CASE REPORT

Amenorrhea in women with breast cancer who received chemotherapy: a case report

Rajuddin Rajuddin, Derevie Hendryan Moulina , Tengku Chairannisa Putri

Rajuddin Rajuddin
Departement of Obstetrics and Gynecology Faculty of Medicine Universitas Syiah Kuala, dr. Zainoel Abidin General Hospital, Banda Aceh, Indonesia

Derevie Hendryan Moulina
Resident of Obstetric and Gynecology Department, Faculty of medicine Universitas Syiah Kuala/dr. Zainoel Abidin General Hospital, Banda Aceh, Indonesia. Email: Deremou23@gmail.com

Tengku Chairannisa Putri
Resident of Obstetric and Gynecology Department, Faculty of medicine Universitas Syiah Kuala/dr. Zainoel Abidin General Hospital, Banda Aceh, Indonesia
Online First: June 30, 2021 | Cite this Article
Rajuddin, R., Moulina, D., Putri, T. 2021. Amenorrhea in women with breast cancer who received chemotherapy: a case report. Bali Medical Journal 10(2): 534-539. DOI:10.15562/bmj.v10i2.2408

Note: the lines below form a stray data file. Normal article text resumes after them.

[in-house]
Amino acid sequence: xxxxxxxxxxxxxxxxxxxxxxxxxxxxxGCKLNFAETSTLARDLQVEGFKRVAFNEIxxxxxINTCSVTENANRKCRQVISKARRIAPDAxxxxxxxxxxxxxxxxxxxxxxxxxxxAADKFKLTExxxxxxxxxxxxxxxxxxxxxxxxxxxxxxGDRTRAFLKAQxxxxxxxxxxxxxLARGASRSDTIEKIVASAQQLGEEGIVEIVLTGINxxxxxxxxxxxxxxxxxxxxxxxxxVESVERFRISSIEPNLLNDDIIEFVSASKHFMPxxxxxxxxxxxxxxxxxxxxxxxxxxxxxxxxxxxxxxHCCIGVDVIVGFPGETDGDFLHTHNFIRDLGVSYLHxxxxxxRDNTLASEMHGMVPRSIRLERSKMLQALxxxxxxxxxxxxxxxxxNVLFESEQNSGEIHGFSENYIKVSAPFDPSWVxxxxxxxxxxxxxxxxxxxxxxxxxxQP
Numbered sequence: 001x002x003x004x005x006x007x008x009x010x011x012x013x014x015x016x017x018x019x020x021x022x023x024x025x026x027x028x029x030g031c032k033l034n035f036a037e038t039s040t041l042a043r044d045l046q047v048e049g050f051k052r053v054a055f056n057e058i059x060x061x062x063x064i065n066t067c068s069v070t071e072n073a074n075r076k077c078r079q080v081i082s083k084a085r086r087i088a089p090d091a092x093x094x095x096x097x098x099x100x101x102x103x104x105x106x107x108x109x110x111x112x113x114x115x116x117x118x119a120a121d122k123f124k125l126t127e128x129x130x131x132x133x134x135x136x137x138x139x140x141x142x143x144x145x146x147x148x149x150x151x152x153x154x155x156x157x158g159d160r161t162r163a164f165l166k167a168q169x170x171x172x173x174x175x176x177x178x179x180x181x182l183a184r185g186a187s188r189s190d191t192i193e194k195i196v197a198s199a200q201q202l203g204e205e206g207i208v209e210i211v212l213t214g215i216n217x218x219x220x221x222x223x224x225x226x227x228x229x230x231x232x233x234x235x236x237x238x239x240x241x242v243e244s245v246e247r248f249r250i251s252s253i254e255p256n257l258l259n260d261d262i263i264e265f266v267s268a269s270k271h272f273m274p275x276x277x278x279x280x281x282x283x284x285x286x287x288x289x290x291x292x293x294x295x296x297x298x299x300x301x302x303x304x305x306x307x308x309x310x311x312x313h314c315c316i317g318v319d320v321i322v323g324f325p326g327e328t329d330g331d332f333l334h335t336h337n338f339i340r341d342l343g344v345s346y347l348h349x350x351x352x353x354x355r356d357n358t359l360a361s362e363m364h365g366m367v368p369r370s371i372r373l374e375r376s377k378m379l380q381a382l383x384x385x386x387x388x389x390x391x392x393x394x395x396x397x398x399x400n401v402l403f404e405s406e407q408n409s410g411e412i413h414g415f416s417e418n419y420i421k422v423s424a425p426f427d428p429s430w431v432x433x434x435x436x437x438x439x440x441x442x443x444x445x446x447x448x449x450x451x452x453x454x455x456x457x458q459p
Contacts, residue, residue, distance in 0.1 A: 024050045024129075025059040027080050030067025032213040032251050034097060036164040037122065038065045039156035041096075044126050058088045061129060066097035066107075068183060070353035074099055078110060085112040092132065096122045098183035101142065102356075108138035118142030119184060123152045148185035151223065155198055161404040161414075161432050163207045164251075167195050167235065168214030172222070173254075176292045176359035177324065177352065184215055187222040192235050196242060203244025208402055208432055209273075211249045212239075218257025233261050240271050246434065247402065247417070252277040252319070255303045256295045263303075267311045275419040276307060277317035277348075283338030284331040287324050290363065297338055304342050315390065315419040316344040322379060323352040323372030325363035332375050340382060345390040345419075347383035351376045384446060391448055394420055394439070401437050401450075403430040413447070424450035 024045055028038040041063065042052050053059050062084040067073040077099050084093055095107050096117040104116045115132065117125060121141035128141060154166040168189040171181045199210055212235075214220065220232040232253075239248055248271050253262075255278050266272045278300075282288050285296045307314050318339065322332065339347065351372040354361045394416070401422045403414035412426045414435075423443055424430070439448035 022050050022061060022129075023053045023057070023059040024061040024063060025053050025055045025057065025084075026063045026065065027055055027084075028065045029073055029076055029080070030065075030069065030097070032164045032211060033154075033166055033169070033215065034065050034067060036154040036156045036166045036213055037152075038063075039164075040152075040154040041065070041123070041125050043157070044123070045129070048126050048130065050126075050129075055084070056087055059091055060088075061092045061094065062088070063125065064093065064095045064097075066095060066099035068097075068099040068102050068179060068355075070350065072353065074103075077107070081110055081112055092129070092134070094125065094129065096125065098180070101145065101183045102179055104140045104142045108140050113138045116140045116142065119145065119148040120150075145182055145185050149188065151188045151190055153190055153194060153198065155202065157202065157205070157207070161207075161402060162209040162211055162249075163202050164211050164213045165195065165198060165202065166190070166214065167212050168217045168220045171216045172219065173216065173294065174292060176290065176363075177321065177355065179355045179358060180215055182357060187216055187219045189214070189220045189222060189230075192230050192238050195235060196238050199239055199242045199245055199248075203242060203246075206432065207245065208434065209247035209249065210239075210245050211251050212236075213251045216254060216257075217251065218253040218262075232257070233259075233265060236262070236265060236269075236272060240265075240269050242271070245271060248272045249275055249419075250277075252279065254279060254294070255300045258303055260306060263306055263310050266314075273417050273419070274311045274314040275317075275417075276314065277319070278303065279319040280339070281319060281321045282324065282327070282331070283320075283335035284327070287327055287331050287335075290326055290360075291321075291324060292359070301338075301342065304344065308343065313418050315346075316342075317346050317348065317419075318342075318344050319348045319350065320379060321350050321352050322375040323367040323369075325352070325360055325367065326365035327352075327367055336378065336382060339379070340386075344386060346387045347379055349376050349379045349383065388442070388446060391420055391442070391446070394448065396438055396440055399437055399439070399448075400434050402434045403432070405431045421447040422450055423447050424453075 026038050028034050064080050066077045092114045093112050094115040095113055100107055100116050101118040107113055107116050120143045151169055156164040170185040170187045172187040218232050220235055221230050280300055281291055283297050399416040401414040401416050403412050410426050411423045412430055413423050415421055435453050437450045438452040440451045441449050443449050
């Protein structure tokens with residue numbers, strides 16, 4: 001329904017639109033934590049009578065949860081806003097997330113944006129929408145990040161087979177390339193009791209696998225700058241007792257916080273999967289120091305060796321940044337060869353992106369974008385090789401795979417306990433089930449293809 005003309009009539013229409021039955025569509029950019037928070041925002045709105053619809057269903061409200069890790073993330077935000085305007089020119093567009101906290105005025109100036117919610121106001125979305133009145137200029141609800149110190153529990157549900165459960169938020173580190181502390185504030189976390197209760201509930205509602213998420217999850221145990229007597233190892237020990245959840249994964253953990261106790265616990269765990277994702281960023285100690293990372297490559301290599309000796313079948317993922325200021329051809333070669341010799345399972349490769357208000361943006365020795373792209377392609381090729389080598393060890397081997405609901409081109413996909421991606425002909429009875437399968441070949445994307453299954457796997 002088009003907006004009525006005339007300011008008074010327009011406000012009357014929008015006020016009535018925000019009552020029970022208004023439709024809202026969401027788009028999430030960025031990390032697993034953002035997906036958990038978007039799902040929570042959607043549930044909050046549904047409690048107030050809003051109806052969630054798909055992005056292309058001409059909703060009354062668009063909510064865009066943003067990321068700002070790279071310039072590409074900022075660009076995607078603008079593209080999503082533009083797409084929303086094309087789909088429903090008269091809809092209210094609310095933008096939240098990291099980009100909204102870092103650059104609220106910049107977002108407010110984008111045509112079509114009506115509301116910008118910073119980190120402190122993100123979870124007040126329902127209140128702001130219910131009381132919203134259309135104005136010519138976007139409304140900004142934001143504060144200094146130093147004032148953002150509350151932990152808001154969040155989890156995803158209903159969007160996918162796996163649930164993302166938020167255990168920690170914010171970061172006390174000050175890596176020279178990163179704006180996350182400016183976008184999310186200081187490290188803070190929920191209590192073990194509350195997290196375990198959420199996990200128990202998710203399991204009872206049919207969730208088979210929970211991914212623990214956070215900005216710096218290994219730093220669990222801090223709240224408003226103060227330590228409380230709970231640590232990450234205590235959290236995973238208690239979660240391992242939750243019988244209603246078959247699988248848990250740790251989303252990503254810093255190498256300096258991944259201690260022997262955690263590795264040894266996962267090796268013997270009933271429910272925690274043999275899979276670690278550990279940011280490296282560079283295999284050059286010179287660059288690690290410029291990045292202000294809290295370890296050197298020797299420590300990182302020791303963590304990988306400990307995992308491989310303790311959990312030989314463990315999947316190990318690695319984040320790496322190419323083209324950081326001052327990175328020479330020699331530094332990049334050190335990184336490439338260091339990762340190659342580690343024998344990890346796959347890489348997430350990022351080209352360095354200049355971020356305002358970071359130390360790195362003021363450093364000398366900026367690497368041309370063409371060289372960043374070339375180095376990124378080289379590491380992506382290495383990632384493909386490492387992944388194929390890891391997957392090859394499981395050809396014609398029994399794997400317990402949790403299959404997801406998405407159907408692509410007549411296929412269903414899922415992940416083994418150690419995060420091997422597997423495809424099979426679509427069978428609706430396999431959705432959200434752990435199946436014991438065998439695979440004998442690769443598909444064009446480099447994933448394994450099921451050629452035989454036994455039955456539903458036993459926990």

Introduction: Breast cancer is the second most common cancer in premenopause age, has a better outcome now. Increasing early detection rates and the effectiveness of adjuvant chemotherapy treatments are factors that influence the prognosis dan survival rate. However, adjuvant chemotherapy treatment can lead to ovarian dysfunction resulting in decreased quality of life.

Case: A-29-year-old woman with breast cancer received a chemotherapy regimen of Docetaxel, Doxorubicin, and Cyclophosphamide for six cycles and had no menstrual bleeding (amenorrhoea) after chemotherapy finished. Physical examination, gynecology, and ultrasound showed no abnormalities. However, the Anti-Mullerian Hormone (AMH) immunoserology laboratory test showed shallow results.

Conclusion: The gonad toxicity effects of chemotherapy on breast cancer can cause premature ovarian failure, which can manifest as oligomenorrhea, amenorrhea, or known as chemotherapy-induced amenorrhea (CIA), which can lead to induction of premature menopause or chemotherapy-induced menopause (CIM).

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